Greater Manchester’s Police and Crime Commissioner has reaffirmed his commitment to local people as he marks two years in office.
Tony Lloyd has launched a refreshed Police and Crime Plan which reflects the views of local communities, local authorities and other agencies across Greater Manchester.
The plan takes account of emerging issues and challenges facing modern policing and sets out six priorities for policing, with partnership working, protecting vulnerable people and putting victims first at its heart.
Tony said: “We have to make sure that victims’ needs are at the centre of everything we do and make sure the criminal justice system protects and supports them.
“Vitally, this is translating into real results on the ground and I hope victims now have more confidence in the police and the wider criminal justice.
“The refreshed plan recognises the progress we’ve made, however we still have some way to go. The point of this plan is to provide a framework for police, councils, health and the third sector to work with communities to ensure the needs of both victims and wider society are properly served.”
The six objectives are: tackling crime and anti-social behaviour, putting victims at the centre, protecting vulnerable people, dealing with terrorism, serious organised crime and maintaining public safety, investing in and delivering high quality policing services and building and strengthening partnerships
Tony has also reflected on the challenges, highlights and achievements of his two years in office, underpinned by his drive to bring agencies and communities together to make best use of shrinking resources, provide a better service to local people and, ultimately, build safer neighbourhoods.
Mental health triage project – police officers across Greater Manchester now have 24 hour telephone access to specialist mental health teams. This has resulted in a reduction in officer time spent dealing with people with mental health problems and, crucially, means people suffering a mental health crisis are getting the care and support they need much quicker.
Domestic abuse – domestic abuse specialists are now based in A&E departments to provide help, support and advice to victims of domestic violence who turn up at hospital. The scheme, run by Victim Support, has already seen significant results with 98% of those who have used it saying they have renewed confidence in the support mechanisms available to them.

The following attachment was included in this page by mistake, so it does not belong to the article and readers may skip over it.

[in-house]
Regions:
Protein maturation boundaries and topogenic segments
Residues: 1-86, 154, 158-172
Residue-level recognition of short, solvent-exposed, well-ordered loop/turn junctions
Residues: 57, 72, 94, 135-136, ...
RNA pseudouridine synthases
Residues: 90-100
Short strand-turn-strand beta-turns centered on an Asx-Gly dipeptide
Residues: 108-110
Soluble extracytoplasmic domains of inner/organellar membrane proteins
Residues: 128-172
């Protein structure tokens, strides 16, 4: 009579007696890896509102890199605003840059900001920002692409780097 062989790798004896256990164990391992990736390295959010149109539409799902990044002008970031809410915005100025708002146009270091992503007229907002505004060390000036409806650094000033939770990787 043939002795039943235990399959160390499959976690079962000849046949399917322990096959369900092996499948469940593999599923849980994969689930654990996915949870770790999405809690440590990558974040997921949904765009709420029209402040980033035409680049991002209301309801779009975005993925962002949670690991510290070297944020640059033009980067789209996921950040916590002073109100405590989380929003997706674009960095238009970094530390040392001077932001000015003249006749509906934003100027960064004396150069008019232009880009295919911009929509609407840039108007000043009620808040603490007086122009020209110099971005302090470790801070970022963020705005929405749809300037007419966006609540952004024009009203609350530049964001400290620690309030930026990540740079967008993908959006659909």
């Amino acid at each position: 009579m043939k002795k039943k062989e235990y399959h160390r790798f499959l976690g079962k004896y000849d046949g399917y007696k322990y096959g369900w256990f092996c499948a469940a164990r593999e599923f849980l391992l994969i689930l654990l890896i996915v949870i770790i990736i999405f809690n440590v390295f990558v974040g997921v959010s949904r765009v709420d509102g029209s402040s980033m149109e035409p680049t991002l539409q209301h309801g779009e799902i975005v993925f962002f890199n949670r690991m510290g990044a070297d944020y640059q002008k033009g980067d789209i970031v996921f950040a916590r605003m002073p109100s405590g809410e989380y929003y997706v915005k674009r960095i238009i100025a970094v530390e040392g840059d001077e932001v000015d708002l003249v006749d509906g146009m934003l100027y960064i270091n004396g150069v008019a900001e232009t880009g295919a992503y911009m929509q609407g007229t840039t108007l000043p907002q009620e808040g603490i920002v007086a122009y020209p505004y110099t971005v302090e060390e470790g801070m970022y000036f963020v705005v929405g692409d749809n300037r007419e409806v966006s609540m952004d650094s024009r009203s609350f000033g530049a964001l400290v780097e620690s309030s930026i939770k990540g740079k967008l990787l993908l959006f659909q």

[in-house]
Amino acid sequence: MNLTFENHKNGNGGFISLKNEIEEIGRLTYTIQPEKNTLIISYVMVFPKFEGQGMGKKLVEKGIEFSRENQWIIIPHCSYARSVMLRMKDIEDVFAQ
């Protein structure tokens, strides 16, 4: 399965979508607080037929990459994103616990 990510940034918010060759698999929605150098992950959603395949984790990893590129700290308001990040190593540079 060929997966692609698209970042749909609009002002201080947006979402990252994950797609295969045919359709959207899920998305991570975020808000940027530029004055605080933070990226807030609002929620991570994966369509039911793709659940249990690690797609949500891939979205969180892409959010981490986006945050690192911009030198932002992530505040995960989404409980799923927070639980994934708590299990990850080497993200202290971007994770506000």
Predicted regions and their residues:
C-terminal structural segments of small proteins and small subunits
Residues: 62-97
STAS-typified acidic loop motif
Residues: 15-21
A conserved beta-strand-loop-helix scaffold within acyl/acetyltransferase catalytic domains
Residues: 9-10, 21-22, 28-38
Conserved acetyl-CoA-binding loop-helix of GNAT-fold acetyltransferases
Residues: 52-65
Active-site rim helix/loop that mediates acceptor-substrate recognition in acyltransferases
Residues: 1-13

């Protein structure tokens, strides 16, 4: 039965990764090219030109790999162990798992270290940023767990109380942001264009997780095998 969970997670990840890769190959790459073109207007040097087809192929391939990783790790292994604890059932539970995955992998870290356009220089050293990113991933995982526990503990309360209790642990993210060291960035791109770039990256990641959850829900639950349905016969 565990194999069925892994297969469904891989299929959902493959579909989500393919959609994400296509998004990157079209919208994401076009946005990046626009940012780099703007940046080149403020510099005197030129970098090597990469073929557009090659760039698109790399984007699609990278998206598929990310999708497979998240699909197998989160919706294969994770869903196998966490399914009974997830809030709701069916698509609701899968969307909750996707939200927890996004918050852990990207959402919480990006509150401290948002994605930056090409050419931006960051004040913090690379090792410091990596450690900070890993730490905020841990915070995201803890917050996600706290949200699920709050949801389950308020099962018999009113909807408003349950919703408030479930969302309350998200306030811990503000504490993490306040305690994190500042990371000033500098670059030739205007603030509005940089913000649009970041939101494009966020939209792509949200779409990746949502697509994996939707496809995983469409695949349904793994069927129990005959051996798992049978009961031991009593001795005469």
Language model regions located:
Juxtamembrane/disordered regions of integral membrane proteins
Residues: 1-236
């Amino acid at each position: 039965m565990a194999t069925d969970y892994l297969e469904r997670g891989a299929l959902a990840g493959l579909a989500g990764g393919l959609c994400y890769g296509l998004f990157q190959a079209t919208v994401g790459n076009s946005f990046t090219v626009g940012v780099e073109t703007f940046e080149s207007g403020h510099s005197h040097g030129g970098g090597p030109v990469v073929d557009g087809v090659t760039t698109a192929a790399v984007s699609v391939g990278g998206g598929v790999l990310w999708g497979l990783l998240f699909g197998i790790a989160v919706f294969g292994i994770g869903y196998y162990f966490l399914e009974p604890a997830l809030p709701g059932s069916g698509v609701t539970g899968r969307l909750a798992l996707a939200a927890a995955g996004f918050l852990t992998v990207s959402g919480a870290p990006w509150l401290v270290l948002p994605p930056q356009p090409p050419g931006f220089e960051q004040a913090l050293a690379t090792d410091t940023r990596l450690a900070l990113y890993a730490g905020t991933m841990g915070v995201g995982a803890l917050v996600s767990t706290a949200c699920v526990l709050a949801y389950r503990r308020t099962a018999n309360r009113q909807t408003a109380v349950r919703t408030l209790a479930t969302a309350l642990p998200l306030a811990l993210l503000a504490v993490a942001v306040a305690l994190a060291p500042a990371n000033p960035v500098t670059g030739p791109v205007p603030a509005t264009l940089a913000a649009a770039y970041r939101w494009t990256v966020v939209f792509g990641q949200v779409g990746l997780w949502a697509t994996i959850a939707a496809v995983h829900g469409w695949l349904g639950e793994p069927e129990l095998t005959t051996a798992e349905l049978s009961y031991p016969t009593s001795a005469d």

Child Sexual Exploitation – Tony commissioned Ann Coffey MP to carry out an independent inquiry into how police and other agencies have changed their response to CSE following the 2012 Rochdale grooming case. Ann reported back last month with a series of major recommendations and has also set up a third sector consortium to work together to respond to the challenge of CSE – another UK first.
Other key milestones of Tony’s two years in office:
• Development of an independent Ethics Committee, the first of its type in the UK, to look at the complex moral, ethical and integrity dilemmas policing faces in the modern world.
• Tony has established an independent panel to address how police and others should approach protest. The panel published a major report last month on the contentious fracking demo in Barton Moss with practical recommendations, not just for police but for other agencies and protesters themselves.
• Launch of thematic monthly forums in the style of parliamentary select committees, where a topic of public interest is examined in detail. Topics include stop and search, domestic violence, police call handling and complaints.
• Provided funding for innovative community safety projects including the St Marys Sexual Assault Referral Centre, the LGF Village Angels scheme and funding towards the Independent Choices domestic abuse helpline.
• Successfully lobbied Government change the law to allow police to quickly close down premises where child abuse is suspected and also had a measure removed from the Deregulation Bill around taxi usage that would have endangered people.